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DAC vs soundcards for games?

post #1 of 7
Thread Starter 

I don't have any experience with soundcards at all, but from my understanding, DAC are much better than soundcards for music. But for gaming, everyone seems to get a soundcard. Or is it because the gaming community just have limited experience with DACs? Are soundcards much better than DACs for games?

 

I've always gamed using my regular music gear (DAC + amp + headphones) and it has always satisfied me. Just wondering if soundcards actually make a difference.

post #2 of 7

High quality game audio calls for specific audio hardware features that aren't present on audiophile/pro-audio DACs. High-end soundcards actually have better DACs than most DACs costing twice as much, but from that point onwards, higher quality DACs can be obtained.

 

Many users have gaming capable soundcards, then connect their higher quality DACs through optical, therefore benefitting from all gaming audio features that are processed by the soundcard and sent to the DAC. Do note that not all soundcards have support for sending game audio effects through optical.

post #3 of 7
Thread Starter 

What's a high-end soundcard that would send game audio effects through optical? Is there a coaxial option? I heard a lot of optical out implementation has flaws yielding inferior sound to the theorectically equal coaxial output. Or are these soundcards good enough so optical is implemented correctly?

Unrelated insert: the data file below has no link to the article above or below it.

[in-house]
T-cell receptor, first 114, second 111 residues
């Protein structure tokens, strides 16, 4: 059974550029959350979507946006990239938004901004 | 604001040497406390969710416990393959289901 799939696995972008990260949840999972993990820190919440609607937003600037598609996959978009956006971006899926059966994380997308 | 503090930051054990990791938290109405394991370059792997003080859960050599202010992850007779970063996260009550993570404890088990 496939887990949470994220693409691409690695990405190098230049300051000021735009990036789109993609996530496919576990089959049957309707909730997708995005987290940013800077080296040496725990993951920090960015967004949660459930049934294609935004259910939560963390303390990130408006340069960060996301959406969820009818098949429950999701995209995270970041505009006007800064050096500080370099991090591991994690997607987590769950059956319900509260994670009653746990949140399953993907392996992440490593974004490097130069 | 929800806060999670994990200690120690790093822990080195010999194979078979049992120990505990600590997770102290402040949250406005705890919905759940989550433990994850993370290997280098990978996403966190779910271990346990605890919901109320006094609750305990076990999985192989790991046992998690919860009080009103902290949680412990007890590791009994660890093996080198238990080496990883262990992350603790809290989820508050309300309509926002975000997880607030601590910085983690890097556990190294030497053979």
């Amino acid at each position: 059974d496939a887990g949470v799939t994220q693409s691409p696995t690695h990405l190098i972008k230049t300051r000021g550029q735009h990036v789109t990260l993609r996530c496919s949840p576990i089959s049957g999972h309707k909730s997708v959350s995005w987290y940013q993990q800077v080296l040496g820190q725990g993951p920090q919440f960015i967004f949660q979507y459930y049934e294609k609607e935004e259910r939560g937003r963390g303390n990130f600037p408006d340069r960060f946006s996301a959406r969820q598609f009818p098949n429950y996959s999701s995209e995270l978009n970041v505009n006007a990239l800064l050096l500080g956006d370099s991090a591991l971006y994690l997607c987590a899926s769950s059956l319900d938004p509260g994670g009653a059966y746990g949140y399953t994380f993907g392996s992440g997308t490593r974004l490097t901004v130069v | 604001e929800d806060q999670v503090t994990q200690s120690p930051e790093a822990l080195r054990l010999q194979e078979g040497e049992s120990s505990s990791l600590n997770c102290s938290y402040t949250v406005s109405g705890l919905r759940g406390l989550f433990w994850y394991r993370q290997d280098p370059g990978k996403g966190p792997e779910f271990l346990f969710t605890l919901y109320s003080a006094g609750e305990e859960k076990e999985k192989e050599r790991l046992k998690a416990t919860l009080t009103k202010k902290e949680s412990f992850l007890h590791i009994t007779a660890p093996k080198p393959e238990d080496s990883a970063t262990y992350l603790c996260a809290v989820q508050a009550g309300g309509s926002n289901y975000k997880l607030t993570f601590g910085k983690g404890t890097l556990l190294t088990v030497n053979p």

post #4 of 7

For instance, the Creative X-Fi Titanium HD can send game audio effects through optical. It's the highest quality soundcard with full gaming audio support, along with a high quality DAC and components.

 

About optical, it seems to be sensitive to cable quality, contrary to what happens on standard USB (highly controversial, it's not my purpose to go there).

post #5 of 7

While I built my system about 6 years ago, one of the expensive parts I had dropped cash into was my sound card. I wanted digital outputs, and a card that supported DDL and DTS encoding. The card of choice was the Auzentech X-Plosion 7.1 DTS Connect. It was the most high-end card of it's time, but shortly after (about 6 months later), the X-Meridian 7.1 was released, which has a better DAC. The DACs on these cards are upgradable, which was another selling point for me as far as flexibility with my options went, more bang for the buck.

 

I did have an X-Mystique 7.1 Gold before buying the X-Plosion (the X-Mystique was released at the same time), but the DAC is of lower quality, and I did notice a difference between the old X-Mystique and the better X-Plosion, even on the Logitech Z-680 5.1 surround sound system I bought to go with it at the time, which supports DDL and DTS over digital optical and/or digital coax (no DDL or DTS over the analog inputs).